Good Question: What Are The Car Seat Laws?
MINNEAPOLIS (WCCO) — The rules for car and booster seats can be confusing for any parent.
“My 4-and-a-half-year-old wants to move to the booster seat and my husband thinks he’s not old enough or big enough to do that,” said Michelle Wooster, of Minneapolis. “I would love to switch him to a flat booster because it would be a lot easier, but obviously I want him to be safe.”
Car seat laws vary by state. In Minnesota, children need to be either 8 years old or 4-foot-9 before they are able to sit in a seatbelt alone. The law changed in 2009 when the age limit was 4.
According to the National Highway Traffic Safety Administration, only 46 percent of children ages 0-4 across the country used car seats in 1984. Minnesota first passed its child restraint law in 1982. Now, the fine is $50 plus fees, where the $50 goes back to the state to buy car seats for needy families.
“Babies, actually, in Minnesota need to be both 20 pounds and 1 year old before you can turn them around,” said Heather Darby, car seat safety expert with the Department of Public Safety.
But, in 2011, the American Academy of Pediatrics changed its recommendation for rear-facing car seats. Now, children are recommended to face the back until they are 2 years old.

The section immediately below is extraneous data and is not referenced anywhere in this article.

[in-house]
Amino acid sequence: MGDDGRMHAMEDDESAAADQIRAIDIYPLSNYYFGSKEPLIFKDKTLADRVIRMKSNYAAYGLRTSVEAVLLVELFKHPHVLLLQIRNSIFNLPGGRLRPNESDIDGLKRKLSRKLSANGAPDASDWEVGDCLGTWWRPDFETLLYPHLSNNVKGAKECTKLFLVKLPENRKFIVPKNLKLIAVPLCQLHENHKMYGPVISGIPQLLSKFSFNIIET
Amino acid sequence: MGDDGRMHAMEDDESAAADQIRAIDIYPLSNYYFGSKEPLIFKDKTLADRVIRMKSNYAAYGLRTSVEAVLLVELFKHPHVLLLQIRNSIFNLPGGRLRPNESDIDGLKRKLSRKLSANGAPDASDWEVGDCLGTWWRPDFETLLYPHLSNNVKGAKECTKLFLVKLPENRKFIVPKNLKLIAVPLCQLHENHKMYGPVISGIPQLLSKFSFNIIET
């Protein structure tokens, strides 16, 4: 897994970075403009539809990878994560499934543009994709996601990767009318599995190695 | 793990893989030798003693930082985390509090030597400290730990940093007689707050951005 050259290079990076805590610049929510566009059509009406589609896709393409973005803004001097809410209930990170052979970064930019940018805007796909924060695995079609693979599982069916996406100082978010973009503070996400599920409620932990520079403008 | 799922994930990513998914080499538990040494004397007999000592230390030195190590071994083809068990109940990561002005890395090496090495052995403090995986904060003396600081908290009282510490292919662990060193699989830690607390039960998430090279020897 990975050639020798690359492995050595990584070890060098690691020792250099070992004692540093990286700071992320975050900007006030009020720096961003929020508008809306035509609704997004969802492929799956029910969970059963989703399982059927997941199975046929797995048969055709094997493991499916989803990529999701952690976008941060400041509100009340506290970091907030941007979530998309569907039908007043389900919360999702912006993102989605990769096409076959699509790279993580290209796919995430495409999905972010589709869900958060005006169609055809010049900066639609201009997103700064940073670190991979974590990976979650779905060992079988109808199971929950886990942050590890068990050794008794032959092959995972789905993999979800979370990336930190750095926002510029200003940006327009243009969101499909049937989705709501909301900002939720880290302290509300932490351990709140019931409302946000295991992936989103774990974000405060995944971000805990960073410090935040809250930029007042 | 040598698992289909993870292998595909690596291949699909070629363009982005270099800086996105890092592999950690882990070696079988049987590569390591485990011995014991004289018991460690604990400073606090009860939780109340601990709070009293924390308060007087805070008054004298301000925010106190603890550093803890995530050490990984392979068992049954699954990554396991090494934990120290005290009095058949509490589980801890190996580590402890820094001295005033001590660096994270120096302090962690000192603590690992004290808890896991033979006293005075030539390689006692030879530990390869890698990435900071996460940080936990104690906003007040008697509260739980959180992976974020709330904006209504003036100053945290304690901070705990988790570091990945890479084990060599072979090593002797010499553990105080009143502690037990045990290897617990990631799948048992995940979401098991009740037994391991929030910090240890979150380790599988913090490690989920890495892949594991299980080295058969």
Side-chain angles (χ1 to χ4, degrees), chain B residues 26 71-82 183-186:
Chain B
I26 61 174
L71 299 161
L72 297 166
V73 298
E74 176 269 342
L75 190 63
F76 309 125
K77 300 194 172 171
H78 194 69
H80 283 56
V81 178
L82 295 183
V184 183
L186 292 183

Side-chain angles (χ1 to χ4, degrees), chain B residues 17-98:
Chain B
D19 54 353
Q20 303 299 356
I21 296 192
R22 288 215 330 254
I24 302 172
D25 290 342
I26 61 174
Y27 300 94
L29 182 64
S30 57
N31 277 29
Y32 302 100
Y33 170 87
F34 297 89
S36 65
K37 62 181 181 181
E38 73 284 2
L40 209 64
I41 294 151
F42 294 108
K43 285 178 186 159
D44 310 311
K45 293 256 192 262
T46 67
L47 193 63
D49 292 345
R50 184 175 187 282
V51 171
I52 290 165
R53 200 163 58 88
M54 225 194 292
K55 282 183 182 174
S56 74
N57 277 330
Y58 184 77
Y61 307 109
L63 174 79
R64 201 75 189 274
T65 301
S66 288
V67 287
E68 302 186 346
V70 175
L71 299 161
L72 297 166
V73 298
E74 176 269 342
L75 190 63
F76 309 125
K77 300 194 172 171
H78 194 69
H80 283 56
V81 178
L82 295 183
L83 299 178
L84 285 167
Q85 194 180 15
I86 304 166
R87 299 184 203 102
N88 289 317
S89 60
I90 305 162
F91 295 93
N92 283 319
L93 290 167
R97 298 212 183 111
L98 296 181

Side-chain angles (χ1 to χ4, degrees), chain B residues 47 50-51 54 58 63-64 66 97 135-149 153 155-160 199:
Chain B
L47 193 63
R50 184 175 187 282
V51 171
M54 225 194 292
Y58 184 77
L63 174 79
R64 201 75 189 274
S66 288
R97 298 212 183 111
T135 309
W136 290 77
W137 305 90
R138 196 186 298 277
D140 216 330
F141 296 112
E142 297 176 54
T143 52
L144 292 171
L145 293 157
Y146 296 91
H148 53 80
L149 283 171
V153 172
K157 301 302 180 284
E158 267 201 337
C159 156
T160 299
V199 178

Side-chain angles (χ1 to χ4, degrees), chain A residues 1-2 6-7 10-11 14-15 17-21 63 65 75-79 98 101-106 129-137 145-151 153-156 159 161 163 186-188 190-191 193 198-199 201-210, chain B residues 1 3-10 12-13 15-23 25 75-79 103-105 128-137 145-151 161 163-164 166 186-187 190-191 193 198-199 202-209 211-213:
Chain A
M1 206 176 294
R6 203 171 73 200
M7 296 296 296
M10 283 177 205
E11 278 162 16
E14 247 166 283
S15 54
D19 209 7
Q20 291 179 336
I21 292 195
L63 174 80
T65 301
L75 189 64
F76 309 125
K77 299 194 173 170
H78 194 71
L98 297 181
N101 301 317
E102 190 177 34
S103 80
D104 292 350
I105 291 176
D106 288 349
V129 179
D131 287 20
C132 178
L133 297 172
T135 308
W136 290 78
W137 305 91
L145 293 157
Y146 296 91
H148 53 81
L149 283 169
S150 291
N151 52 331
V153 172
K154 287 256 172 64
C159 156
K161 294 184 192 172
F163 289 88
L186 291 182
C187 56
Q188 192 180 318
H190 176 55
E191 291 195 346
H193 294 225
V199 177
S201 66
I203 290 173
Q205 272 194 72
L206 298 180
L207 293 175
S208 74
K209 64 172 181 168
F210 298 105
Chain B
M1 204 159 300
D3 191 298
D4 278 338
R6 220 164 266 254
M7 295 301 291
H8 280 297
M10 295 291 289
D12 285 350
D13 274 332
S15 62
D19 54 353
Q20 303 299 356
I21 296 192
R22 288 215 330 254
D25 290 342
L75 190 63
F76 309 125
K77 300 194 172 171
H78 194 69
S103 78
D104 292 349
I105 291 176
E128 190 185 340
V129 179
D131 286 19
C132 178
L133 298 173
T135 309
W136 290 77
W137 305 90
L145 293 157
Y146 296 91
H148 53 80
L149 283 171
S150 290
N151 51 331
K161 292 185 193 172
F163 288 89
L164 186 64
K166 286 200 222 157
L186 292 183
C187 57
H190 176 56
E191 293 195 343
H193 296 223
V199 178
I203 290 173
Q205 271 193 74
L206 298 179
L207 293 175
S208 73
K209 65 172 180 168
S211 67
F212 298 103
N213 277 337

Some parents decide to turn their children around earlier because their feet back up against the seat, but Darby said that shouldn’t matter.
“It’s five times safer to ride rear-faced until 2 years old,” she said. “It’s perfectly OK for their legs to be crossed or butting up against the seat.”
Once a child is turned forward-facing, Darby recommends parents stick with the five-point harness as long as the children don’t exceed the height or weight limit for the seat.
“We really don’t want to see any kids out of a five-point harness until they are at least 4 or 5 years old,” she said.
Until then, children haven’t developed enough muscle tone in their necks and are more likely to squirm in a seatbelt.
“They maybe are smaller and they can slip out and submarine underneath under a crash if they’re using a lap and shoulder belt,” she said.
As for outgrowing a booster, the law requires a child be either 8 years old or 4-foot-9, but Darby said parents should consider other circumstances.
“Just because the law only goes to age 8, that doesn’t mean you can’t keep using the booster. The safest thing is just to make that the lap and shoulder belt fit them the way it should,” she said.
The shoulder belt should be right at their shoulder and the lap belt should be low on their hips. Darby said she’s seen some children in boosters until age 12.
“If they’re putting the belt behind their shoulder or underneath their arm, that’s a sign that you still need a booster if they’re still doing that,” she said.
Washington, D.C., Maine and West Virginia’s state laws do not allow children under age 11 to sit in the front seat, but Darby recommends all children under 13 sit in the backseat because of the danger of airbags.